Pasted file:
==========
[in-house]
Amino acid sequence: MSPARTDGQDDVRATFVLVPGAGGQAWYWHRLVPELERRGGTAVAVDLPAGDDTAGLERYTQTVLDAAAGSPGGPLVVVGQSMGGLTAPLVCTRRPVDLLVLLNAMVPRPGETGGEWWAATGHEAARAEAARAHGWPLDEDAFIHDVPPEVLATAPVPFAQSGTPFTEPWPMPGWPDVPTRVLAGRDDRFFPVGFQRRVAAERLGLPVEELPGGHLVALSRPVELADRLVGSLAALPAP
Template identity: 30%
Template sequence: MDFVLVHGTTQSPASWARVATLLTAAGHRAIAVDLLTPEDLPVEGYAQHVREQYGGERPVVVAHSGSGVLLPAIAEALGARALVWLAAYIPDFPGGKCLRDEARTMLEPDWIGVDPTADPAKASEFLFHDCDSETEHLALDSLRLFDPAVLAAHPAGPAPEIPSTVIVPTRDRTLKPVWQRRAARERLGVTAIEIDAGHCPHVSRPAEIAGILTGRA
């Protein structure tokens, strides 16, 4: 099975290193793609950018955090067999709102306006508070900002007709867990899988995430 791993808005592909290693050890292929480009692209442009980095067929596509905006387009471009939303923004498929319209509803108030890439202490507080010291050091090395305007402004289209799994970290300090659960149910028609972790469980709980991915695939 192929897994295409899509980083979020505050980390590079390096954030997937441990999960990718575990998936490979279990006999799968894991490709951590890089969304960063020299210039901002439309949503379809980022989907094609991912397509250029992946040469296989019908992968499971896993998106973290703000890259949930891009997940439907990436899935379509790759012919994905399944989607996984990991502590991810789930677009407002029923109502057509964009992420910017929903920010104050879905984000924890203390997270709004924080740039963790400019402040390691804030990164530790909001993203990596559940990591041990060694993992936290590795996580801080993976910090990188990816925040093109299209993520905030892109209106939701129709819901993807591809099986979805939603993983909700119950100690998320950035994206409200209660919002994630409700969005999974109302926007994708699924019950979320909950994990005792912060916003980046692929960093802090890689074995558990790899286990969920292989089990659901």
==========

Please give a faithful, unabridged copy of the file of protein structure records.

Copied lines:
[in-house]
Amino acid sequence: MSPARTDGQDDVRATFVLVPGAGGQAWYWHRLVPELERRGGTAVAVDLPAGDDTAGLERYTQTVLDAAAGSPGGPLVVVGQSMGGLTAPLVCTRRPVDLLVLLNAMVPRPGETGGEWWAATGHEAARAEAARAHGWPLDEDAFIHDVPPEVLATAPVPFAQSGTPFTEPWPMPGWPDVPTRVLAGRDDRFFPVGFQRRVAAERLGLPVEELPGGHLVALSRPVELADRLVGSLAALPAP
Template identity: 30%
Template sequence: MDFVLVHGTTQSPASWARVATLLTAAGHRAIAVDLLTPEDLPVEGYAQHVREQYGGERPVVVAHSGSGVLLPAIAEALGARALVWLAAYIPDFPGGKCLRDEARTMLEPDWIGVDPTADPAKASEFLFHDCDSETEHLALDSLRLFDPAVLAAHPAGPAPEIPSTVIVPTRDRTLKPVWQRRAARERLGVTAIEIDAGHCPHVSRPAEIAGILTGRA
């Protein structure tokens, strides 16, 4: 099975290193793609950018955090067999709102306006508070900002007709867990899988995430 791993808005592909290693050890292929480009692209442009980095067929596509905006387009471009939303923004498929319209509803108030890439202490507080010291050091090395305007402004289209799994970290300090659960149910028609972790469980709980991915695939 192929897994295409899509980083979020505050980390590079390096954030997937441990999960990718575990998936490979279990006999799968894991490709951590890089969304960063020299210039901002439309949503379809980022989907094609991912397509250029992946040469296989019908992968499971896993998106973290703000890259949930891009997940439907990436899935379509790759012919994905399944989607996984990991502590991810789930677009407002029923109502057509964009992420910017929903920010104050879905984000924890203390997270709004924080740039963790400019402040390691804030990164530790909001993203990596559940990591041990060694993992936290590795996580801080993976910090990188990816925040093109299209993520905030892109209106939701129709819901993807591809099986979805939603993983909700119950100690998320950035994206409200209660919002994630409700969005999974109302926007994708699924019950979320909950994990005792912060916003980046692929960093802090890689074995558990790899286990969920292989089990659901």